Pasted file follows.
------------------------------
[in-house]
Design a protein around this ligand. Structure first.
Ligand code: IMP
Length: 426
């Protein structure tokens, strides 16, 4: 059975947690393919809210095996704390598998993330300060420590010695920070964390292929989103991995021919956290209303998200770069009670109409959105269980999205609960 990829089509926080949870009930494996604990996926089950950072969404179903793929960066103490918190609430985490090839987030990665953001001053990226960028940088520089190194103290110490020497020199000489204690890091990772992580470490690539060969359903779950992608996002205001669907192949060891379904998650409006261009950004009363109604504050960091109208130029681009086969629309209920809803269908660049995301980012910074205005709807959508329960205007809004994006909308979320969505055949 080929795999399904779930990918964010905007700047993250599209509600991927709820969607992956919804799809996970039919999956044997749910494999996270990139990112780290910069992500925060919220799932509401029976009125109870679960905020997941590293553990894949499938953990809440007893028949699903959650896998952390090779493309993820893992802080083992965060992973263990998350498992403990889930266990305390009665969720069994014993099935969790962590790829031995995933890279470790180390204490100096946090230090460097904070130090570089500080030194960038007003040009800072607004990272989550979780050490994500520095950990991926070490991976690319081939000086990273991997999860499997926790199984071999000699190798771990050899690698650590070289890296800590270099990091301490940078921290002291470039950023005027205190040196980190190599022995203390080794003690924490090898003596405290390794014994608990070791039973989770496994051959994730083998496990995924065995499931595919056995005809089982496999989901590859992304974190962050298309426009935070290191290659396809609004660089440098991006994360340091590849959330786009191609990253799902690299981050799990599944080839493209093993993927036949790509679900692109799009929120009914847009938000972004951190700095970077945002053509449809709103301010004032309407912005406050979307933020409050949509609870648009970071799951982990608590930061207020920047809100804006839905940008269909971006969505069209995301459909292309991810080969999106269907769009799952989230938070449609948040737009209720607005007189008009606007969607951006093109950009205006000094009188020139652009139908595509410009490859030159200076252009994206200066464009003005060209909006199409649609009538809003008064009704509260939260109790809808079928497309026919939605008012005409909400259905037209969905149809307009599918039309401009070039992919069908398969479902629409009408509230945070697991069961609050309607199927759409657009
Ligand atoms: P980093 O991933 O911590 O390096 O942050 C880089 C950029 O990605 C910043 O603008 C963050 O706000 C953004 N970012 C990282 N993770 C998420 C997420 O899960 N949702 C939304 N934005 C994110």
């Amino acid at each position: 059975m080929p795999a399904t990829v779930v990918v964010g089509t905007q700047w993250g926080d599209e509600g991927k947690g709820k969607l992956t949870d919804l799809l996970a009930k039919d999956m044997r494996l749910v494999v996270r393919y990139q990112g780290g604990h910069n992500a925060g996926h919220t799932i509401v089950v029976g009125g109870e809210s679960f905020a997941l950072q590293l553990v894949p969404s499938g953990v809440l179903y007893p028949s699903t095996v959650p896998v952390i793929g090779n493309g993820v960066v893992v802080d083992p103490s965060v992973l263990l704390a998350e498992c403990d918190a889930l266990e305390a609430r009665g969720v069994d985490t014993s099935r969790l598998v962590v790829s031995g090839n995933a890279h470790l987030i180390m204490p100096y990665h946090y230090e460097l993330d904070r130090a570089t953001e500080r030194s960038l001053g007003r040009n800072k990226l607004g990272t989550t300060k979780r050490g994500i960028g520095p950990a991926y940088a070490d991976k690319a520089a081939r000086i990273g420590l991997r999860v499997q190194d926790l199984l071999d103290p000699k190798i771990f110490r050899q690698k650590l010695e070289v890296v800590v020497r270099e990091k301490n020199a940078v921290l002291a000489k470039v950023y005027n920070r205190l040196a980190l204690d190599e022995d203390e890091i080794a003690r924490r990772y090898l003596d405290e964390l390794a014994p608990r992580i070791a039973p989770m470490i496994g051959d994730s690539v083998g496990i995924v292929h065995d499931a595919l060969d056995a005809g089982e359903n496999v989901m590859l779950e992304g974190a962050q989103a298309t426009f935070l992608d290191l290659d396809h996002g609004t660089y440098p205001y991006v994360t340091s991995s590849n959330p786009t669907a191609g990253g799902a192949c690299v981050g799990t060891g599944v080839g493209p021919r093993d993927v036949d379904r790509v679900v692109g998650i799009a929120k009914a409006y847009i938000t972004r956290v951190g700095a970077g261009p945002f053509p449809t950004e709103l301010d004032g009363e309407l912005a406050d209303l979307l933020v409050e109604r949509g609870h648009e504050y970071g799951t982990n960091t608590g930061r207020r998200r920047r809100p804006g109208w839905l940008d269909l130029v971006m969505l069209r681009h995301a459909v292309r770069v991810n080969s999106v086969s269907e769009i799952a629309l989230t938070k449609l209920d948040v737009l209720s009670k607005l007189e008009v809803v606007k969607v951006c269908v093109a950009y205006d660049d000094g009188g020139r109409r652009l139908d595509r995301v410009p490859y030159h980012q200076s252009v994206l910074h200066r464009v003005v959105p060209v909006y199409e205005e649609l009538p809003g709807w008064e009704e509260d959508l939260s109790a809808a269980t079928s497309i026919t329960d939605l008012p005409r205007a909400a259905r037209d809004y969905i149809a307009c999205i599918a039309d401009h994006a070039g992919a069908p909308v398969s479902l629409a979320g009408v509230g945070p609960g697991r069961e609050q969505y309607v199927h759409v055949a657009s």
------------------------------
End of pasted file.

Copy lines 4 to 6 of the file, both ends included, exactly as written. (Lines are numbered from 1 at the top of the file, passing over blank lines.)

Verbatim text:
Length: 426
């Protein structure tokens, strides 16, 4: 059975947690393919809210095996704390598998993330300060420590010695920070964390292929989103991995021919956290209303998200770069009670109409959105269980999205609960 990829089509926080949870009930494996604990996926089950950072969404179903793929960066103490918190609430985490090839987030990665953001001053990226960028940088520089190194103290110490020497020199000489204690890091990772992580470490690539060969359903779950992608996002205001669907192949060891379904998650409006261009950004009363109604504050960091109208130029681009086969629309209920809803269908660049995301980012910074205005709807959508329960205007809004994006909308979320969505055949 080929795999399904779930990918964010905007700047993250599209509600991927709820969607992956919804799809996970039919999956044997749910494999996270990139990112780290910069992500925060919220799932509401029976009125109870679960905020997941590293553990894949499938953990809440007893028949699903959650896998952390090779493309993820893992802080083992965060992973263990998350498992403990889930266990305390009665969720069994014993099935969790962590790829031995995933890279470790180390204490100096946090230090460097904070130090570089500080030194960038007003040009800072607004990272989550979780050490994500520095950990991926070490991976690319081939000086990273991997999860499997926790199984071999000699190798771990050899690698650590070289890296800590270099990091301490940078921290002291470039950023005027205190040196980190190599022995203390080794003690924490090898003596405290390794014994608990070791039973989770496994051959994730083998496990995924065995499931595919056995005809089982496999989901590859992304974190962050298309426009935070290191290659396809609004660089440098991006994360340091590849959330786009191609990253799902690299981050799990599944080839493209093993993927036949790509679900692109799009929120009914847009938000972004951190700095970077945002053509449809709103301010004032309407912005406050979307933020409050949509609870648009970071799951982990608590930061207020920047809100804006839905940008269909971006969505069209995301459909292309991810080969999106269907769009799952989230938070449609948040737009209720607005007189008009606007969607951006093109950009205006000094009188020139652009139908595509410009490859030159200076252009994206200066464009003005060209909006199409649609009538809003008064009704509260939260109790809808079928497309026919939605008012005409909400259905037209969905149809307009599918039309401009070039992919069908398969479902629409009408509230945070697991069961609050309607199927759409657009
Ligand atoms: P980093 O991933 O911590 O390096 O942050 C880089 C950029 O990605 C910043 O603008 C963050 O706000 C953004 N970012 C990282 N993770 C998420 C997420 O899960 N949702 C939304 N934005 C994110």